The premise for The Mistress’s Revenge by Tamar Cohen is very similar to the 1987 movie Fatal Attraction only it is set in the current modern age of Facebook, emails, and cell phones. It is about an English woman named Sally who has just gotten dumped by a married man named Clive after spending five years together in a passionate affair, and who is left freely falling into the land of uncertainty. Slowly, she starts casually strolling by his house and other areas where members of his family may be. Then she starts attempting to become friends with his wife, daughter, and son, and getting herself invited to social events where she knows he’ll be present. All of these activities seem to be perfectly normal to her as she spirals dangerously into depression and scary self medication and as her days alternate between being full of anger at Clive for leaving her and moving on, and attempting to find ways to keep him in her life and win him back.
We get to read all about these going-ons in her daily journal, which was one of the only ideas she really took from her therapist, and we quickly get to see how Sally takes “crazy” to a whole new level. Her journal is written as a series of letters to Clive about her feelings, her actions, and her new found relationships with other members of his family and how she has been dealing with things since he ended their relationship. They are very intense entries! Sally rarely leaves any details out as she admits that she doesn’t know who she is without Clive. She can’t imagine her life without him and she both blames him for this and at the same time cannot help wanting him back. The journal entries really give you a glimpse into the mind of someone who is completely obsessed and who has lost themselves over another human being. They were very interesting to read.
Yet even with this, I found myself disappointed when I could not find the ability to like the character of Sally at all. I wasn’t able to empathize with her in the manner that I wanted especially with the way that she started abusing her prescription medications and was abandoning her family and other responsibilities. I mean, I understood that she was obsessed with this guy, and had obviously completely gone over the deep end because of him but, I still could not find the ability to like the character. Maybe I wasn’t supposed to be able to? I’m not quite sure honestly but, I do know that the fact that I could even empathize with her a little bit left me a bit disconcerted.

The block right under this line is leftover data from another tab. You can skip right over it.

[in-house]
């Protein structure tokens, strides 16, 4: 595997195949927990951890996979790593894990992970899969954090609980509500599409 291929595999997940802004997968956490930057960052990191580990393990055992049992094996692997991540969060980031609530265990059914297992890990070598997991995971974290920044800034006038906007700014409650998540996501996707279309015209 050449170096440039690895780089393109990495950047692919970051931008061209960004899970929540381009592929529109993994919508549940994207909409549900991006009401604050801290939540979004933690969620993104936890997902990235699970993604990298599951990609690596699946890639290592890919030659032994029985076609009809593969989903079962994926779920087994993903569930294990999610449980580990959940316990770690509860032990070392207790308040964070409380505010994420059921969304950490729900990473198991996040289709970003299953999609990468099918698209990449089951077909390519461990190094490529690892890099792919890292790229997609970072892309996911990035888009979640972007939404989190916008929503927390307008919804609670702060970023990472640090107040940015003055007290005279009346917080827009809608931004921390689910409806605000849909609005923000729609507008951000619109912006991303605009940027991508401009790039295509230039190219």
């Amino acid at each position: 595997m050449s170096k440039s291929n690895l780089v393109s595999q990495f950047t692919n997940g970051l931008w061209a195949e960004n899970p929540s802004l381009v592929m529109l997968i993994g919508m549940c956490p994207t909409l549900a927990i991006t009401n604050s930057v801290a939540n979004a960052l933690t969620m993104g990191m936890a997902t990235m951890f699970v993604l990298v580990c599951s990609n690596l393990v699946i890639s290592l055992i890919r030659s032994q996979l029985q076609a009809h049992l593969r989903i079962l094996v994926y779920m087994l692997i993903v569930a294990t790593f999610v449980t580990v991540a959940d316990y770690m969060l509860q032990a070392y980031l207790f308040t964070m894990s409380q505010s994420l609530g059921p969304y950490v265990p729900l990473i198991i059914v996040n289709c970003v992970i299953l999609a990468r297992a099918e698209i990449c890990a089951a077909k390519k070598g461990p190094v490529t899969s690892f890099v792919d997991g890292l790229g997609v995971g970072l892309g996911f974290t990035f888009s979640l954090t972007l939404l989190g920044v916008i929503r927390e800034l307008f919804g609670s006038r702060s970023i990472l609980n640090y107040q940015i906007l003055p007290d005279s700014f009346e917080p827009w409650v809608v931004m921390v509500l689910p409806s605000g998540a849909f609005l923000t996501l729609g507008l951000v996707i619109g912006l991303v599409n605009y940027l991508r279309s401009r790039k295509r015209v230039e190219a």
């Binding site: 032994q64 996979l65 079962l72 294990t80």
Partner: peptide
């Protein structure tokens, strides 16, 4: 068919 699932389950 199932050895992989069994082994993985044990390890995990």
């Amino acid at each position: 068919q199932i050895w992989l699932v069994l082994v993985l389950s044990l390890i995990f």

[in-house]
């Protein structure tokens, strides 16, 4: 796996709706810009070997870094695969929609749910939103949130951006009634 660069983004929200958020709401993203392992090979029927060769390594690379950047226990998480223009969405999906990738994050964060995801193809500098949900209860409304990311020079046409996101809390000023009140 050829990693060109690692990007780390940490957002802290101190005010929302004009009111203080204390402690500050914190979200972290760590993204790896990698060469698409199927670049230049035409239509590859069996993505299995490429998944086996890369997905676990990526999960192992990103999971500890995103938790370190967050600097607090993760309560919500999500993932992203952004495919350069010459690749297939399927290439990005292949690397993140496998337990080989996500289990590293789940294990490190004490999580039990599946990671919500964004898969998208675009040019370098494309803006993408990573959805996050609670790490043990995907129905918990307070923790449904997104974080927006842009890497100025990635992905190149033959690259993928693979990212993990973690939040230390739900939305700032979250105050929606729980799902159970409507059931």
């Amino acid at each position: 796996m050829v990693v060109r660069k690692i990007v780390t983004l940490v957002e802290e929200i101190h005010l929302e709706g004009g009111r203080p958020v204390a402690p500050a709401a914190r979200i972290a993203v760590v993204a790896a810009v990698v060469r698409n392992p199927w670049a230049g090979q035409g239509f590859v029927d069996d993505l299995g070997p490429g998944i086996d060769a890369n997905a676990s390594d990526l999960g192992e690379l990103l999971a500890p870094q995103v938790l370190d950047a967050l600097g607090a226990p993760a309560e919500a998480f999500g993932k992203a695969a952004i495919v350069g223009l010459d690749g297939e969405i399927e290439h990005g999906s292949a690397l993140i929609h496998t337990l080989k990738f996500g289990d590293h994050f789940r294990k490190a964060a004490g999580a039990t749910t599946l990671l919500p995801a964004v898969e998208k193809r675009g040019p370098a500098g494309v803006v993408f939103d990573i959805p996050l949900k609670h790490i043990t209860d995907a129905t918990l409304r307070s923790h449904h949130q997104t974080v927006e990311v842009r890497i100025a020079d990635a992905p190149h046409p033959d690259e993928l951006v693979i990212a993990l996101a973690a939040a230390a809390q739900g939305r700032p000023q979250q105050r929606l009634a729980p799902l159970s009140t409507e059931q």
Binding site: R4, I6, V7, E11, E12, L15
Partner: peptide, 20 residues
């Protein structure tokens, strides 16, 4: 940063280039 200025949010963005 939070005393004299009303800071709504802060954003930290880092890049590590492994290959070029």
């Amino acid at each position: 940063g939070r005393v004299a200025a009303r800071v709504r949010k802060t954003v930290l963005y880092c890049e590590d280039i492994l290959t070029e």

That being said, I REALLY hated Clive. He’s such a creep and an asshole. I couldn’t understand why Sally would even waste her time on her (or why she wasted five years of her life on him) and maybe that is why I could not find the ability to empathize with her over him. He used her and manipulated her when they were together, and he continues to do so even after they have broken up. I just didn’t see him as being worth it at all. In fact, I spent the majority of the book hoping something REALLY bad would happen to him. It still turns my stomach to think of that character now even as I am writing this review.
While The Mistress’s Revenge did end up being totally different from anything I’ve ever read before and it did peak my interest as a psychology major it also ended up leaving me with a bitter taste in my mouth that I still can’t really explain. There were quite a few times where I had to put the book down and walk away from it for a bit just so that I could digest what had just happened and work up the desire to pick it back up again. Even when it was really trying to be thrilling, entertaining, and even just simply crazy, I found The Mistress’s Revenge to be really weird, hard to read, and over all for me it was hard to enjoy.
Disclosure: Purchased copy